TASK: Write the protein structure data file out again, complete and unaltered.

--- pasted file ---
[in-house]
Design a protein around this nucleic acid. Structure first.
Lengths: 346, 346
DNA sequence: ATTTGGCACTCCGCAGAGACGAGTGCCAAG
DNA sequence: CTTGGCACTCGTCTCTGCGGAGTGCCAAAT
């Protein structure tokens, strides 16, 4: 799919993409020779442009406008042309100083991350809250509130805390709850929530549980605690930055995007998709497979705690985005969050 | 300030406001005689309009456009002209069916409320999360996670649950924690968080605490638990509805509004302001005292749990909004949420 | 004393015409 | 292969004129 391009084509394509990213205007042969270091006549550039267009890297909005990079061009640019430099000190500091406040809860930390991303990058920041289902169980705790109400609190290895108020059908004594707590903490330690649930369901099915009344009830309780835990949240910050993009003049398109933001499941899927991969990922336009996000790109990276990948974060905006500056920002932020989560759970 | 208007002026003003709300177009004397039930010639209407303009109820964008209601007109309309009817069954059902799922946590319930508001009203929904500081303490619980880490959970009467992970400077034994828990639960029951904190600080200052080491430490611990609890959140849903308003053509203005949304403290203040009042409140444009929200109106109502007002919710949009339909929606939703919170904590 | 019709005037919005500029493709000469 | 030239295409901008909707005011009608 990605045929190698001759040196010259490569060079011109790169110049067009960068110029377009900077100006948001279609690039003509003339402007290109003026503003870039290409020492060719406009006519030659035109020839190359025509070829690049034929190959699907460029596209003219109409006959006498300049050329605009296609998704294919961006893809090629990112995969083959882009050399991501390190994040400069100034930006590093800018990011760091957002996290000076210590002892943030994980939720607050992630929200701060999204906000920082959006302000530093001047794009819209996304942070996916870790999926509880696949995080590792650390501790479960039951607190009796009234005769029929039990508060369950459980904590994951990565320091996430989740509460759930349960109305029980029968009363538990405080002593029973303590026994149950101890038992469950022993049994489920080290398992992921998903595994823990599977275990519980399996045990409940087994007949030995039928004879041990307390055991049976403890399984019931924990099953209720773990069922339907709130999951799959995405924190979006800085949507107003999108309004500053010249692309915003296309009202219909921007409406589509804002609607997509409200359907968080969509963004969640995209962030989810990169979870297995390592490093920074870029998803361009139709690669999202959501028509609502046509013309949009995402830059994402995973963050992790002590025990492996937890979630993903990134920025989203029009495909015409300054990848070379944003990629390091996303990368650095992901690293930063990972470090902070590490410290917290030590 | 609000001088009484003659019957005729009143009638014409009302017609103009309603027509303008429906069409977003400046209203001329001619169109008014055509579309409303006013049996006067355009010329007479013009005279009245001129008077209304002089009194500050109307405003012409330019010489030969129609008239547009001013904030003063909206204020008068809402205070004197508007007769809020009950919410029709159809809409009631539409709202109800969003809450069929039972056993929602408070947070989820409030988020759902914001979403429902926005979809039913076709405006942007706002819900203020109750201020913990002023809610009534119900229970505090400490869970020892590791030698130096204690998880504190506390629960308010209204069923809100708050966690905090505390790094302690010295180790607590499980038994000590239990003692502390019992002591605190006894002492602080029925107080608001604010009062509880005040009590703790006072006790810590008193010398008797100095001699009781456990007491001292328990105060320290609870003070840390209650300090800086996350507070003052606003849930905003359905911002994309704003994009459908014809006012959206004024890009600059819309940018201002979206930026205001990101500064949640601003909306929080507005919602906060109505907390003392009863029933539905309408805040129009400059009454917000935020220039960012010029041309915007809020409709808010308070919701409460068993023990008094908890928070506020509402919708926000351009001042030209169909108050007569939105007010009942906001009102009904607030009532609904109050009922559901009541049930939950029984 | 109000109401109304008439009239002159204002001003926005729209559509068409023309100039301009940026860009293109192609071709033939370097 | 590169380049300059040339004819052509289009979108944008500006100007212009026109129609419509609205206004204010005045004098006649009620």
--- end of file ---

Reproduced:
[in-house]
Design a protein around this nucleic acid. Structure first.
Lengths: 346, 346
DNA sequence: ATTTGGCACTCCGCAGAGACGAGTGCCAAG
DNA sequence: CTTGGCACTCGTCTCTGCGGAGTGCCAAAT
């Protein structure tokens, strides 16, 4: 799919993409020779442009406008042309100083991350809250509130805390709850929530549980605690930055995007998709497979705690985005969050 | 300030406001005689309009456009002209069916409320999360996670649950924690968080605490638990509805509004302001005292749990909004949420 | 004393015409 | 292969004129 391009084509394509990213205007042969270091006549550039267009890297909005990079061009640019430099000190500091406040809860930390991303990058920041289902169980705790109400609190290895108020059908004594707590903490330690649930369901099915009344009830309780835990949240910050993009003049398109933001499941899927991969990922336009996000790109990276990948974060905006500056920002932020989560759970 | 208007002026003003709300177009004397039930010639209407303009109820964008209601007109309309009817069954059902799922946590319930508001009203929904500081303490619980880490959970009467992970400077034994828990639960029951904190600080200052080491430490611990609890959140849903308003053509203005949304403290203040009042409140444009929200109106109502007002919710949009339909929606939703919170904590 | 019709005037919005500029493709000469 | 030239295409901008909707005011009608 990605045929190698001759040196010259490569060079011109790169110049067009960068110029377009900077100006948001279609690039003509003339402007290109003026503003870039290409020492060719406009006519030659035109020839190359025509070829690049034929190959699907460029596209003219109409006959006498300049050329605009296609998704294919961006893809090629990112995969083959882009050399991501390190994040400069100034930006590093800018990011760091957002996290000076210590002892943030994980939720607050992630929200701060999204906000920082959006302000530093001047794009819209996304942070996916870790999926509880696949995080590792650390501790479960039951607190009796009234005769029929039990508060369950459980904590994951990565320091996430989740509460759930349960109305029980029968009363538990405080002593029973303590026994149950101890038992469950022993049994489920080290398992992921998903595994823990599977275990519980399996045990409940087994007949030995039928004879041990307390055991049976403890399984019931924990099953209720773990069922339907709130999951799959995405924190979006800085949507107003999108309004500053010249692309915003296309009202219909921007409406589509804002609607997509409200359907968080969509963004969640995209962030989810990169979870297995390592490093920074870029998803361009139709690669999202959501028509609502046509013309949009995402830059994402995973963050992790002590025990492996937890979630993903990134920025989203029009495909015409300054990848070379944003990629390091996303990368650095992901690293930063990972470090902070590490410290917290030590 | 609000001088009484003659019957005729009143009638014409009302017609103009309603027509303008429906069409977003400046209203001329001619169109008014055509579309409303006013049996006067355009010329007479013009005279009245001129008077209304002089009194500050109307405003012409330019010489030969129609008239547009001013904030003063909206204020008068809402205070004197508007007769809020009950919410029709159809809409009631539409709202109800969003809450069929039972056993929602408070947070989820409030988020759902914001979403429902926005979809039913076709405006942007706002819900203020109750201020913990002023809610009534119900229970505090400490869970020892590791030698130096204690998880504190506390629960308010209204069923809100708050966690905090505390790094302690010295180790607590499980038994000590239990003692502390019992002591605190006894002492602080029925107080608001604010009062509880005040009590703790006072006790810590008193010398008797100095001699009781456990007491001292328990105060320290609870003070840390209650300090800086996350507070003052606003849930905003359905911002994309704003994009459908014809006012959206004024890009600059819309940018201002979206930026205001990101500064949640601003909306929080507005919602906060109505907390003392009863029933539905309408805040129009400059009454917000935020220039960012010029041309915007809020409709808010308070919701409460068993023990008094908890928070506020509402919708926000351009001042030209169909108050007569939105007010009942906001009102009904607030009532609904109050009922559901009541049930939950029984 | 109000109401109304008439009239002159204002001003926005729209559509068409023309100039301009940026860009293109192609071709033939370097 | 590169380049300059040339004819052509289009979108944008500006100007212009026109129609419509609205206004204010005045004098006649009620």